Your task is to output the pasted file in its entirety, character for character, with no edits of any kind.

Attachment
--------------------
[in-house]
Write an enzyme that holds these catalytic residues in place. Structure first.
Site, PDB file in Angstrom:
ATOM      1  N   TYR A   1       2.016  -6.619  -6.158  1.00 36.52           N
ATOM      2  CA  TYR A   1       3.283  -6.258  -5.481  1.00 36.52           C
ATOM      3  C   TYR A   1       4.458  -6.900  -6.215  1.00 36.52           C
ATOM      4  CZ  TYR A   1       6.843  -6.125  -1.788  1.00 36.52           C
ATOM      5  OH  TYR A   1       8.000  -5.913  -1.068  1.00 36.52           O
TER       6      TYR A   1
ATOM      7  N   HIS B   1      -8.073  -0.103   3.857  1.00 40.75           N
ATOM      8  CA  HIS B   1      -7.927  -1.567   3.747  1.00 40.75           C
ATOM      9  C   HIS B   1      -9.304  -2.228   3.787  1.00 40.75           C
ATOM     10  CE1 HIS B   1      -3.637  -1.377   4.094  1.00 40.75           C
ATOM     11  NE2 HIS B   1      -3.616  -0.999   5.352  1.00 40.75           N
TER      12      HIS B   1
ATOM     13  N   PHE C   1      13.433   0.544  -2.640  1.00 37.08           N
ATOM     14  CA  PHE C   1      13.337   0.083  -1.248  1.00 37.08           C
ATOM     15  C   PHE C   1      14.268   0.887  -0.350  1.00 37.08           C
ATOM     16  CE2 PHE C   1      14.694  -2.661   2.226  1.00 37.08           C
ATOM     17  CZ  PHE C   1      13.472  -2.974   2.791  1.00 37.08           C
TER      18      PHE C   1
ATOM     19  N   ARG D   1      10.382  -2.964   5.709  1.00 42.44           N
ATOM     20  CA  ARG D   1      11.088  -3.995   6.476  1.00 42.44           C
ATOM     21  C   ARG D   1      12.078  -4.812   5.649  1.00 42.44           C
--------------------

[in-house]
Write an enzyme that holds these catalytic residues in place. Structure first.
Site, PDB file in Angstrom:
ATOM      1  N   TYR A   1       2.016  -6.619  -6.158  1.00 36.52           N
ATOM      2  CA  TYR A   1       3.283  -6.258  -5.481  1.00 36.52           C
ATOM      3  C   TYR A   1       4.458  -6.900  -6.215  1.00 36.52           C
ATOM      4  CZ  TYR A   1       6.843  -6.125  -1.788  1.00 36.52           C
ATOM      5  OH  TYR A   1       8.000  -5.913  -1.068  1.00 36.52           O
TER       6      TYR A   1
ATOM      7  N   HIS B   1      -8.073  -0.103   3.857  1.00 40.75           N
ATOM      8  CA  HIS B   1      -7.927  -1.567   3.747  1.00 40.75           C
ATOM      9  C   HIS B   1      -9.304  -2.228   3.787  1.00 40.75           C
ATOM     10  CE1 HIS B   1      -3.637  -1.377   4.094  1.00 40.75           C
ATOM     11  NE2 HIS B   1      -3.616  -0.999   5.352  1.00 40.75           N
TER      12      HIS B   1
ATOM     13  N   PHE C   1      13.433   0.544  -2.640  1.00 37.08           N
ATOM     14  CA  PHE C   1      13.337   0.083  -1.248  1.00 37.08           C
ATOM     15  C   PHE C   1      14.268   0.887  -0.350  1.00 37.08           C
ATOM     16  CE2 PHE C   1      14.694  -2.661   2.226  1.00 37.08           C
ATOM     17  CZ  PHE C   1      13.472  -2.974   2.791  1.00 37.08           C
TER      18      PHE C   1
ATOM     19  N   ARG D   1      10.382  -2.964   5.709  1.00 42.44           N
ATOM     20  CA  ARG D   1      11.088  -3.995   6.476  1.00 42.44           C
ATOM     21  C   ARG D   1      12.078  -4.812   5.649  1.00 42.44           C